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Hey all this is my first post so excuse me if I seem ignorant/annoying

I have a PC that I built that normally runs windows 10, but I am trying to move to Ubuntu, but I also need the windows partition to remain for program compatibility

I have multiple disk, a 256 GB SSD that I want to install Ubuntu on, it also holds my windows partition, I already shrunk that partition and have ~95GB for Ubuntu, as well as a 2 TB HDD That mainly holds games, a 1 TB HDD for backups and...more games and finally I have a 500 GB HDD for...you guessed it games (I have a problem ok...) when booting from a USB I get to the install screen for Ubuntu and I get as far as the Installation type screen. I have the option to Erase the disk and install Ubuntu, which I don't want to do because 1. I'm not sure what disk it'd install on, and 2. I don't want to lose everything on the drives

When I go to the something else screen I got pretty confused at all the options, eventually I was able to find the partition I want Ubuntu installed on but when I click it I see the option to adjust the partition size as well as Type for the new partition Primary or Logical, I assume I want Primary and also Location for the new partition Beginning of the Space or End of the space, I don't understand the difference, I assume it doesn't matter to much There's also The Use As option, I see a bunch of options when I click the drop down Ext4 journaling file system, as well as Ext3&2 journaling systems, plus Fat16+32 file system, swap area and Physical volume for encryption plus a few others that I won't take room listing I think this post is already far to long

and finally mount point...what is it? does it matter what I select? there's /home /boot /usr /opt plus I can enter my own....

So this post is a lot longer than I was expecting...sorry about that I guess the simplest way I can ask this is, can someone show me a absolute beginners guide to installing Ubuntu on a multi drive system, though I have experience with technology I have next to none when it comes to ubuntu or linux

Thank you so much

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Windows 10 is abit fickle animal compared to previous versions.

First, disable secure boot in Windows https://msdn.microsoft.com/en-us/windows/hardware/commercialize/manufacture/desktop/disabling-secure-boot

Then if you have Windows 10 64 pre-installed OEM, you'll probably have a UEFI partition, your Windows 10 system partition and a recovery partition. Some if these maybe hidden so count your memory on your partitions.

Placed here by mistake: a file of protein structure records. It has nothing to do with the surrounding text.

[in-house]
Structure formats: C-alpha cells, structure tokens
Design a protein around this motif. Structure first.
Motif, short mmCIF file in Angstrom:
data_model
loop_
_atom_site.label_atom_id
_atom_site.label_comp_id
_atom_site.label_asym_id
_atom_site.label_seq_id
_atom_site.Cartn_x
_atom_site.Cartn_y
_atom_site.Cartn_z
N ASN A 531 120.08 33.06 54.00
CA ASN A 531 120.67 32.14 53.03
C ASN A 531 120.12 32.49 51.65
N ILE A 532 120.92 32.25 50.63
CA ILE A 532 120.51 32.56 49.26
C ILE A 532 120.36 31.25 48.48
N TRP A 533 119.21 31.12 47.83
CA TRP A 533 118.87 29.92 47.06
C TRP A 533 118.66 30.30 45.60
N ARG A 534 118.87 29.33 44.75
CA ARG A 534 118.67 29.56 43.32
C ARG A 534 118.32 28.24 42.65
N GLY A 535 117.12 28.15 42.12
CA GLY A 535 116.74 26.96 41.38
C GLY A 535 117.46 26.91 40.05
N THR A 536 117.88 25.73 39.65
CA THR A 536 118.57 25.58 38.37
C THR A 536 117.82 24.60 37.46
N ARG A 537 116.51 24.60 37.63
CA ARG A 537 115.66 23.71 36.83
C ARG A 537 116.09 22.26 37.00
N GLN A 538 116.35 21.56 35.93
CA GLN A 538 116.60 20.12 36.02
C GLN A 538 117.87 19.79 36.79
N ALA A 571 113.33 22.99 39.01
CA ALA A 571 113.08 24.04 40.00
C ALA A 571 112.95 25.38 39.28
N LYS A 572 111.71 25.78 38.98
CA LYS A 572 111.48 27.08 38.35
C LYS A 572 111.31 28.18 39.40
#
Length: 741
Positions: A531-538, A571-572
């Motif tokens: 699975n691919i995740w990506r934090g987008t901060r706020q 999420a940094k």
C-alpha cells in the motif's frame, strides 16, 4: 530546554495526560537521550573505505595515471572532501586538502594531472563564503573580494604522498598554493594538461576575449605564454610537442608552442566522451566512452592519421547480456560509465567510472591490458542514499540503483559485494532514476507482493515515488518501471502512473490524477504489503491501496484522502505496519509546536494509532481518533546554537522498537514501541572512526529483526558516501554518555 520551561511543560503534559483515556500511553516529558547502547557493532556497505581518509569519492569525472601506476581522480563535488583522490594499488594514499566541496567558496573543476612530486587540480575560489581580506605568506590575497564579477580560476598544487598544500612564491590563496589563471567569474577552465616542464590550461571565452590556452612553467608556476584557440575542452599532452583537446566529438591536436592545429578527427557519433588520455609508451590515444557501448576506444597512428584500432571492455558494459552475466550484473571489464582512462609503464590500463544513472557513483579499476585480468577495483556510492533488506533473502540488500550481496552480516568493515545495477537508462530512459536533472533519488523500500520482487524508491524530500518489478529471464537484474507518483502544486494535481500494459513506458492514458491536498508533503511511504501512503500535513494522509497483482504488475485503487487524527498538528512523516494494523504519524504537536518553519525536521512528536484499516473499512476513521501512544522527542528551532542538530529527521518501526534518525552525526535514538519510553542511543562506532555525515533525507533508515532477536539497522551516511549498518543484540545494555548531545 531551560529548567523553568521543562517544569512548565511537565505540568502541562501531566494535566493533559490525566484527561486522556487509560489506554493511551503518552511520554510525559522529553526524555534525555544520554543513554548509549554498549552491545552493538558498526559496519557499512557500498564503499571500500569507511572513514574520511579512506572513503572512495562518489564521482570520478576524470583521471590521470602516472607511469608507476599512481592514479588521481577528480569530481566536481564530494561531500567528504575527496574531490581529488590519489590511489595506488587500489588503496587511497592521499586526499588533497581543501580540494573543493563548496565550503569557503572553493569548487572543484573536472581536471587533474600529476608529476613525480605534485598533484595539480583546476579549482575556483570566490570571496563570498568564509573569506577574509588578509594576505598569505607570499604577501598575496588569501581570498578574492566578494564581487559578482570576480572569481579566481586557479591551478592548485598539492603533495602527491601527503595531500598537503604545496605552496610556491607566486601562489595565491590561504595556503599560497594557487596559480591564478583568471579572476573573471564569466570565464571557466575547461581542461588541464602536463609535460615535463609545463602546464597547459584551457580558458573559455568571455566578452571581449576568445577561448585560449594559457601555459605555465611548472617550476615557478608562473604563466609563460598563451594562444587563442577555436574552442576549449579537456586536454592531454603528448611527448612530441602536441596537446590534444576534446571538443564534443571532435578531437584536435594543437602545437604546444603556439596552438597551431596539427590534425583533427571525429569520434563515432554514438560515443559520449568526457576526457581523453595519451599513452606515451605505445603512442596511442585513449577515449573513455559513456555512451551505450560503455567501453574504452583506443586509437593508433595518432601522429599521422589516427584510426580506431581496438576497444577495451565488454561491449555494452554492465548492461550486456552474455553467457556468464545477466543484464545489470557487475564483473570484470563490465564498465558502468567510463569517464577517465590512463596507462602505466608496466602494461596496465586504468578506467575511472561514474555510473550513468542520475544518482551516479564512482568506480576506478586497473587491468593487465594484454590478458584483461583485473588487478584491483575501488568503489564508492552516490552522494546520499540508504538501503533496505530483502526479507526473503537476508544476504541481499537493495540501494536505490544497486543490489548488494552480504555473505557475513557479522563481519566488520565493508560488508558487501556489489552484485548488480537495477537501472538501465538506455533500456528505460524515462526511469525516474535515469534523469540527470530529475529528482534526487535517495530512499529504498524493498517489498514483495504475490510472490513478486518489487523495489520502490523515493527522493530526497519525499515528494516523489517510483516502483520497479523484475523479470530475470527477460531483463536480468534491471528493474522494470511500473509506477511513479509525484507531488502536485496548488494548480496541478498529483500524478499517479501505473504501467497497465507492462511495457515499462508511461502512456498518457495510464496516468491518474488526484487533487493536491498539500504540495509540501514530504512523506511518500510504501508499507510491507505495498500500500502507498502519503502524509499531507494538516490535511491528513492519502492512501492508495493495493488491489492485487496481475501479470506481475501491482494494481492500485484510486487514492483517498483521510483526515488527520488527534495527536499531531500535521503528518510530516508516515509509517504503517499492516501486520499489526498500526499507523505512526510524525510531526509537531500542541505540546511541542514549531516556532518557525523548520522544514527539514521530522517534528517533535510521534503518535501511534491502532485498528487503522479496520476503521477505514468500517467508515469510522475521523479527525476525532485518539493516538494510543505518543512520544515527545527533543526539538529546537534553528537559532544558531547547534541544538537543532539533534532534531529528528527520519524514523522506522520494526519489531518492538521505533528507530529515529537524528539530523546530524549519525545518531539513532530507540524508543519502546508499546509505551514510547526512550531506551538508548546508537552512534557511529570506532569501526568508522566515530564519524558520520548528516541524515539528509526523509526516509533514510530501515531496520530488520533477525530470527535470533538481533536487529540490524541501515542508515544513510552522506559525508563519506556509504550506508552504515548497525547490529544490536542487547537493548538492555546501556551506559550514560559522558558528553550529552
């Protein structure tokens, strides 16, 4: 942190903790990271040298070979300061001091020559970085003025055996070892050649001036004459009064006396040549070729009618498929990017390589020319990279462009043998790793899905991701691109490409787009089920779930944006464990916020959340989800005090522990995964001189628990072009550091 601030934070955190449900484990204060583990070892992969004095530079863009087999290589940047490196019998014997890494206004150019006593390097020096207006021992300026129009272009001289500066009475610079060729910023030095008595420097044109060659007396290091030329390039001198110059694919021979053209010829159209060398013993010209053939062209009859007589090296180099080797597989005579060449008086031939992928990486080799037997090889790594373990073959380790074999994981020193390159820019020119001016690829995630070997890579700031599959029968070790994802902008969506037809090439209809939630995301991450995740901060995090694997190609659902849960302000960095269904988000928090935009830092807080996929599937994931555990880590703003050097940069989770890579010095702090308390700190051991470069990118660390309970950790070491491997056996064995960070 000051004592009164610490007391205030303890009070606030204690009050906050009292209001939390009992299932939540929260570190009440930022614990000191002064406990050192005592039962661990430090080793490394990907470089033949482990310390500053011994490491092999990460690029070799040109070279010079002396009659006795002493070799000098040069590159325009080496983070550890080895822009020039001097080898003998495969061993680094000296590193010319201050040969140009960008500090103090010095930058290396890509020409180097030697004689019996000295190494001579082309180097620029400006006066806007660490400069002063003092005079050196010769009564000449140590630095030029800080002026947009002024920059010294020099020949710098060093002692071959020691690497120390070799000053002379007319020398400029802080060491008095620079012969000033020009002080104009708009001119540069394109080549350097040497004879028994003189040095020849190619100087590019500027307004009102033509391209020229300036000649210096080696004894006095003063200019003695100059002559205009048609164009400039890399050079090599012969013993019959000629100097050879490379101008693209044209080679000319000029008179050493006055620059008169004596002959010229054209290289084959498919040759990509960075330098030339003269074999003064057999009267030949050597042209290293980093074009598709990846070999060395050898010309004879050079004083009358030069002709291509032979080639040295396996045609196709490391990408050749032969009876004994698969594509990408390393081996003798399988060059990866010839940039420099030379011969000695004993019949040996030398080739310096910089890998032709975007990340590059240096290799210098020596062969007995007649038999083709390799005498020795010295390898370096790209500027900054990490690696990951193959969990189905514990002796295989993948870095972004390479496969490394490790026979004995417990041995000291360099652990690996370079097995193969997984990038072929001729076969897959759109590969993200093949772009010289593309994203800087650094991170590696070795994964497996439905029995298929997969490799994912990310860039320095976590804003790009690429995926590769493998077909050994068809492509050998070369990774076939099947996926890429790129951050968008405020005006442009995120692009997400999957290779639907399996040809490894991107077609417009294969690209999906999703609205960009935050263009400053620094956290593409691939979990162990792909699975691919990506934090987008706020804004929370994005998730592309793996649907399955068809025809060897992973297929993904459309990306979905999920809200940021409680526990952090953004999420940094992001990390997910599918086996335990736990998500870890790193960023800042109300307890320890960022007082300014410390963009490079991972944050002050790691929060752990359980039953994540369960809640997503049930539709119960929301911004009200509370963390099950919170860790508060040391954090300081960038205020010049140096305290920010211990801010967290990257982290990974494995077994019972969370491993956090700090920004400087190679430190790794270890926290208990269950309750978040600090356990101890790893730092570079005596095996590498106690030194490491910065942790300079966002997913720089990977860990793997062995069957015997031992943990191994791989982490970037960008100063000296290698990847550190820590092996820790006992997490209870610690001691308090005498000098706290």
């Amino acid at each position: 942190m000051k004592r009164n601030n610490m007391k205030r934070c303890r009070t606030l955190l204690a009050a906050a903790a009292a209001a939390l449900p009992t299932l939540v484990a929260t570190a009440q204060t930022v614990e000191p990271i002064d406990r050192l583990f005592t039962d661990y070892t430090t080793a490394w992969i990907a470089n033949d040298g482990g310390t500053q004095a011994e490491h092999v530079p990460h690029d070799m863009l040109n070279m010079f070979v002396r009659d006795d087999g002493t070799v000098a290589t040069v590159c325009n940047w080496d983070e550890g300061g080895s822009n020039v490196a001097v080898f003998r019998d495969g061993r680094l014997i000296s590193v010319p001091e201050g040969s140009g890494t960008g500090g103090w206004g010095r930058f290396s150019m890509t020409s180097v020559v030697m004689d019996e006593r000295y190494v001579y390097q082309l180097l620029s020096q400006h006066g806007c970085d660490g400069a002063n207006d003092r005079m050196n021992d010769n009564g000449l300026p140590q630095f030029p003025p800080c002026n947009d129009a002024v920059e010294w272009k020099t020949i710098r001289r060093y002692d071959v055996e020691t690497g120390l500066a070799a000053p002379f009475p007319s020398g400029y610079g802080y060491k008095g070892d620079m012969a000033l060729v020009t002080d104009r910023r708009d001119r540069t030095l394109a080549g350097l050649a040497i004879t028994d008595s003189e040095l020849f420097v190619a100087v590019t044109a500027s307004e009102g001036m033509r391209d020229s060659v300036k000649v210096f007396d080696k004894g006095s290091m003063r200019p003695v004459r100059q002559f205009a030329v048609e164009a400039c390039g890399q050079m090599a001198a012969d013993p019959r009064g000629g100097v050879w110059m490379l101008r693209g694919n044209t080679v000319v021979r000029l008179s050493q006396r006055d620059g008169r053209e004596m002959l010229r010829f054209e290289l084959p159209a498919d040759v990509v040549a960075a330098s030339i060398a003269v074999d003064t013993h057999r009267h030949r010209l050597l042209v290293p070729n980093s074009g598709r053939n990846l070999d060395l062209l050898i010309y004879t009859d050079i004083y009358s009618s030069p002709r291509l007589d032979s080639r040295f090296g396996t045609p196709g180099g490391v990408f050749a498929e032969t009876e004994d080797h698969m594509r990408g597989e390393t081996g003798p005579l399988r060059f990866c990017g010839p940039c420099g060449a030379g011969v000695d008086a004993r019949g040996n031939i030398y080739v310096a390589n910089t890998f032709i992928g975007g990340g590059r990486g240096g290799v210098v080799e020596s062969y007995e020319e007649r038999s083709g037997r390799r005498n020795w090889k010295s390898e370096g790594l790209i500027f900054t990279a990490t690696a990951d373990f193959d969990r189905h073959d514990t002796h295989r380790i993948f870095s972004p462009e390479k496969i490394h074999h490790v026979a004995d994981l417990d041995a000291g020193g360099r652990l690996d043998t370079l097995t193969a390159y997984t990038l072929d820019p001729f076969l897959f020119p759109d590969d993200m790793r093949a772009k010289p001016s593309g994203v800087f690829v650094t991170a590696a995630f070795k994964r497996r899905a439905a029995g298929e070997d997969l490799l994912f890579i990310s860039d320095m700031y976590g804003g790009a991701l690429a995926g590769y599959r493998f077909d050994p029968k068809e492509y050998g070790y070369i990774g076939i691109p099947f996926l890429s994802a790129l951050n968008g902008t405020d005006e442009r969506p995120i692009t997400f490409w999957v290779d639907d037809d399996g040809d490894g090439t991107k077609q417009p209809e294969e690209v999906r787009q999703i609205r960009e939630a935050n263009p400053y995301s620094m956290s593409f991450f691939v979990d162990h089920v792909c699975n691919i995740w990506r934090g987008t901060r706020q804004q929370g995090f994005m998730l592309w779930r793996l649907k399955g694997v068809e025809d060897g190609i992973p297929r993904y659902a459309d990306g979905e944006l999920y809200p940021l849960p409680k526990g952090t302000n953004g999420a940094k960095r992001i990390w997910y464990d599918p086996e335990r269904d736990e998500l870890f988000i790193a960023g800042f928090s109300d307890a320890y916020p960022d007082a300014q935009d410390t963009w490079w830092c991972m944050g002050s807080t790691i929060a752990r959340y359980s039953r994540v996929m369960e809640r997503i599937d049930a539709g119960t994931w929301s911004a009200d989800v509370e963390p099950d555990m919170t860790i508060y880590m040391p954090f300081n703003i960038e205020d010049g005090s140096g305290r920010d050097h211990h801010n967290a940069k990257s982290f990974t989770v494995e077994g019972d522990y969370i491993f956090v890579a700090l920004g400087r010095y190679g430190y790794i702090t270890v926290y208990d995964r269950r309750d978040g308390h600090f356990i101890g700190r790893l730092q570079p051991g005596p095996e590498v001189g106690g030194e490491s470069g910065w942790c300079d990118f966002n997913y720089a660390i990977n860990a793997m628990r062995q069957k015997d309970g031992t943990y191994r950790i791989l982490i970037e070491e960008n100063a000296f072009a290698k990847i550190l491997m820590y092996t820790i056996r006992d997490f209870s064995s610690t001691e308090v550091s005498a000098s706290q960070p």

Backup, of course.

Resize system & swap partitions to allow what you need.

Download ubuntu & burn iso, make bootable. (You've obviously done this)

The "along side Windows" should appear.

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Your best bet is to unplug all your drives (important!!) except the one that you want Ubuntu installed on, the SSD in this case, and select the option called something like "Install alongside Windows" when you get the the partitioning point. It'll handle partitioning everything for you and get the bootloader installed where it should go.

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  • I unplugged all extra HDDs but it brings me to the same screen, I ended up choosing /home for the mount point but it's saying No root file system is defined please correct this from the partitioning menu – rob montgomery Aug 31 '16 at 0:44
  • Doesn't it give you this screen? I pulled it from the first link on Google for "Install Ubuntu alongside Windows 10", which I found here. – loganhuskins Aug 31 '16 at 0:48
  • No it doesn't, it shows the exact same screen as when I had all my hard drives plugged in – rob montgomery Aug 31 '16 at 0:51
  • The screen should not be dependent on your hard drives being plugged in or not, I just had you unplug them so it did not write over any of your data and cause it's good practice to do so when dealing with something that is creating partitions without your interaction. What options does it give you when you get to the screen that has the 'Something Else' option that you mentioned? – loganhuskins Aug 31 '16 at 0:53
  • To try and help I just took a photo of the two screens here link and link that's what it's showing under the 'something else' section – rob montgomery Aug 31 '16 at 0:59
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Looking at your two linked images and your question, you have a 95 Gig partition that you have formatted for Linux. You don't have to but I would recommend that you shrink it to about 80 and make a 15 gig swap partition. You don't have to make it now, you can actually make a swap partition later on a different drive.

Making the swap partition available during the install will facilitate the install process to configure it for startup.

On the do something else option, choose the Linux partition that you have create as the / mounting point. Then continue with the install. The process is automatic and seamless.

It'll install on the selected partition. If you supply a swap partition it'll use that for increased performance.

By the way, you can do the same thing with all your drives plugged in. Just be particular where you assign the installation. It'll only use the space that you select.

As far as the partition type, choose Ext4.

The partitions that you see that are other formats are the partitions where you have your Windows files stored. As long as you don't choose those partitions for the install, they won't be touched.

The benefit of having all your other drives plugged in will be that, all the other OS installs will be available as an alternate boot option. If you don't care to boot into any of those other Windows installations, then it wouldn't matter whether you have them plugged in or not.

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